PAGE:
Synopsis and review of Malcolm's Money

Written by Petch

The family's worst money-grubbing instincts, as evidenced last season in the superb Hal's Christmas Gift, take center stage in this well-acted and frequently brilliant outing directed by Steve Love and written by Michael Glouberman.

Recovered or not from the financial calamity which has been nipping at the family, they still face domestic difficulties which nip at their heels. Faulty plumbing renders the faucet water drinkable only in cycles. Hal's transmission needs work. And Dewey needs a watch. All of which may be alleviated by a $10,000 check which arrives in the mail, a grant which has been addressed to Malcolm for furthering his education. Intercepting the check, Hal is inspired to instead use the cash for home improvements, with the promise of reimbursing Malcolm later once they can afford it. With a little persuasion, Lois is unwillingly drawn into the scheme.

The boy genius himself is currently at odds with Earl, the school yearbook photographer. While Malcolm had casually showed up in a T-shirt for his senior portrait, not realizing everyone else would be formally attired, he now desires a re-shoot and arrives in his Sunday best. Needless to say, Malcolm inadvertantly offends Earl, who wryly agrees to take a new photo of Malcolm--only sabotaging it even worse than the original by over-applying pancake base make-up on the lad. Horrified, Malcolm submits to the photographer's every whim, becoming his personal servant until he agrees to snap his likeness once more. The final result is a dignified, confident portrait of Malcolm in a coat and tie; the punchline is that the self-absorbed former Krelboyne still thinks it looks freakish. The beleagured Earl can help him no further.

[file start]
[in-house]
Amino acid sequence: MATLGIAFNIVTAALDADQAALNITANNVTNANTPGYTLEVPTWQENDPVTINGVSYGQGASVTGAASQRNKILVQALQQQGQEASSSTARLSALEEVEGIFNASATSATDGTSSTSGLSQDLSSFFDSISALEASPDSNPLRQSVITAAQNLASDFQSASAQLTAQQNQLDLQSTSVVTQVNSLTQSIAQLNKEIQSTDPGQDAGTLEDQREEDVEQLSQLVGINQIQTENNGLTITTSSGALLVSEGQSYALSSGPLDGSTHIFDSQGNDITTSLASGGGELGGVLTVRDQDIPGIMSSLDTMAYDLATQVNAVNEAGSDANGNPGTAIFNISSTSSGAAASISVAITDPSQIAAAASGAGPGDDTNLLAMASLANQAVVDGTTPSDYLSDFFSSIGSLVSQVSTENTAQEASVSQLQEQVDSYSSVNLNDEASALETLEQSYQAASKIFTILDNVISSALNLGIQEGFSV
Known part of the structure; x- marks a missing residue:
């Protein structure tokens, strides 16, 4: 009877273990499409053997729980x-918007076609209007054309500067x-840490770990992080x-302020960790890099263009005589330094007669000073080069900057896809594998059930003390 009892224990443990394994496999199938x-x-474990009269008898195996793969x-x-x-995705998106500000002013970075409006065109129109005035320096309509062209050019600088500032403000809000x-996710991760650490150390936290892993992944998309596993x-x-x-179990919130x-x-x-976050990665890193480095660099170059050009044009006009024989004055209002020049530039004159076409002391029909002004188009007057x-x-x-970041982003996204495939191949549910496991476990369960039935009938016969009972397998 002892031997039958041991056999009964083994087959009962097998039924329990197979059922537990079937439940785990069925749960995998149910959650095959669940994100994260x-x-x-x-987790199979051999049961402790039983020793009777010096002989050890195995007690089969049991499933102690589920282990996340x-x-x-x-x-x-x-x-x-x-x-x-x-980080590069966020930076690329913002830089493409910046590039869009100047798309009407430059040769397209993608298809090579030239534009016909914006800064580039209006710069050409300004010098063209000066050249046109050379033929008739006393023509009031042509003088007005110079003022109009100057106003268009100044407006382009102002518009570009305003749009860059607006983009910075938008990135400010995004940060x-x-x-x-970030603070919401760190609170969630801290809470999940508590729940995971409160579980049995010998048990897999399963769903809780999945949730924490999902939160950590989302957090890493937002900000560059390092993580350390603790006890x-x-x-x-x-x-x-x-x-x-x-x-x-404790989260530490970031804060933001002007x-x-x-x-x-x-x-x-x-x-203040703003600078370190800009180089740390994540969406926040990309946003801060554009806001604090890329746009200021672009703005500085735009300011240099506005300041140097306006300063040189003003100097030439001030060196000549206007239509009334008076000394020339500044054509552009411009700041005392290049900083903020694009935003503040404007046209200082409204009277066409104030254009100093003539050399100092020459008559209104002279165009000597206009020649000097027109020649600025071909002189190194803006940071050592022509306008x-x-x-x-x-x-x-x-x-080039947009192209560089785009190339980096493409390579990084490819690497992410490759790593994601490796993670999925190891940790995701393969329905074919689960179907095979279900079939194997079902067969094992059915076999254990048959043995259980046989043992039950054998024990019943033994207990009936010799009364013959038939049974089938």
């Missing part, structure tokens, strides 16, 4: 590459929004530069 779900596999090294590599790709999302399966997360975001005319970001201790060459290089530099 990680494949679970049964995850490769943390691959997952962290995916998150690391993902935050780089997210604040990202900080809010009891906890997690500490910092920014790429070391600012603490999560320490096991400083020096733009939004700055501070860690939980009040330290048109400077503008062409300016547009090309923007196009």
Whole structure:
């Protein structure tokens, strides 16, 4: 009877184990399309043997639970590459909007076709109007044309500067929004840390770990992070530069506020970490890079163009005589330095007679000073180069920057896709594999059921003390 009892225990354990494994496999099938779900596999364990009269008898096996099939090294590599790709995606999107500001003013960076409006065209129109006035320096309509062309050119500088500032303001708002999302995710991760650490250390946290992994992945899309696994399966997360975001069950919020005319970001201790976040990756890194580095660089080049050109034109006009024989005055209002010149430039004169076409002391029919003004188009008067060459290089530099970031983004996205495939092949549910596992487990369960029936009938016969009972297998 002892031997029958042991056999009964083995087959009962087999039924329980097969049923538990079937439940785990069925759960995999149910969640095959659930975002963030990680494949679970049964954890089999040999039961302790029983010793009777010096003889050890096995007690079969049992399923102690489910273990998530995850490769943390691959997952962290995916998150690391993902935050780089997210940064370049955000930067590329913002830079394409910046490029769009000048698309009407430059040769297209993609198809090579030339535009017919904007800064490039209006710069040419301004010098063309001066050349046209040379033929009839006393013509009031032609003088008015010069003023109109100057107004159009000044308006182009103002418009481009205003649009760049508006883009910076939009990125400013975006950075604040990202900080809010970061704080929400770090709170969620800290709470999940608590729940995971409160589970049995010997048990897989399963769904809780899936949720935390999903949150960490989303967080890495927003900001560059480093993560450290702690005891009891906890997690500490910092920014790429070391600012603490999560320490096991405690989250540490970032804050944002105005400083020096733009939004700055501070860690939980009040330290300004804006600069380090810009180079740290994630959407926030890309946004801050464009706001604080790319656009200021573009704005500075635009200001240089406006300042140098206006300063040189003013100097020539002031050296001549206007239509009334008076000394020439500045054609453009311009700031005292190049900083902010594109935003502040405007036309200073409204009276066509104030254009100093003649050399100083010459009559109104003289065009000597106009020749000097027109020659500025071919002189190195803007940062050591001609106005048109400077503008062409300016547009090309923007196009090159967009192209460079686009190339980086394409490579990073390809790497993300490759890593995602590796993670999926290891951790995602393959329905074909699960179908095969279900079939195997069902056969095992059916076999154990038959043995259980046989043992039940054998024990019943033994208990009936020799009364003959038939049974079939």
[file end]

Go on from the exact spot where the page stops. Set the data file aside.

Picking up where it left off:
Having been rehired by the meat company which had employed him a few seasons back, Reese is disappointed to be moved from slaughterhouse detail to mere delivery duty. However, he soon takes a shine to the convalescent home which his truck services, and he shortly ingratiates himself into the lives of the old folks there. He even arranges for a clandestine tryst between two star-crossed octogenarian lovers--before realizing that one is already married and the other is a calculating user of people. So much for good faith.

The titular plot reaches a pinnacle when Hal's clumsiness results in Dewey getting in on the scheme to usurp Malcolm's cash. Lois' implorations that they cease plotting and turn the money over to its rightful owner seem fair; while Lois wanted to upgrade the house plumbing, Hal has had his sights on a new boat, and Dewey has been fixated on a Rolex. Once Hal and Dewey finally see the light and agree to do the right thing, Lois reveals something horrible. On a quickie impulse buy, she has spent the entire wad on an elaborate antique dollhouse....which promptly goes up in flames when she plugs it into the wall socket to demonstrate its lighting capability. Summarily, in order to properly refund as much of Malcolm's money as possible, they each make sacrifices (including Hal once again selling the Dodge sedan), which results in Malcolm receiving a lesser-amount check in the mail. It's still a surprise to him, though. And he spends it oh-so-wisely, still burned from his yearbook photo experience, by booking a photo session showcasing him in elaborately narcissistic settings. So much for wise spending.

"Malcolm's Money" contains some great interplay between Cranston, Kaczmarek and Sullivan during the money/moral crisis, plus some exceptional work from Berfield during his stay with the old folks. Muniz manages the right balance between vulnerability and vindication for his turn. All in all, a top-notch episode. My money's on "Malcolm's Money," if you want to invest in some comic gold.

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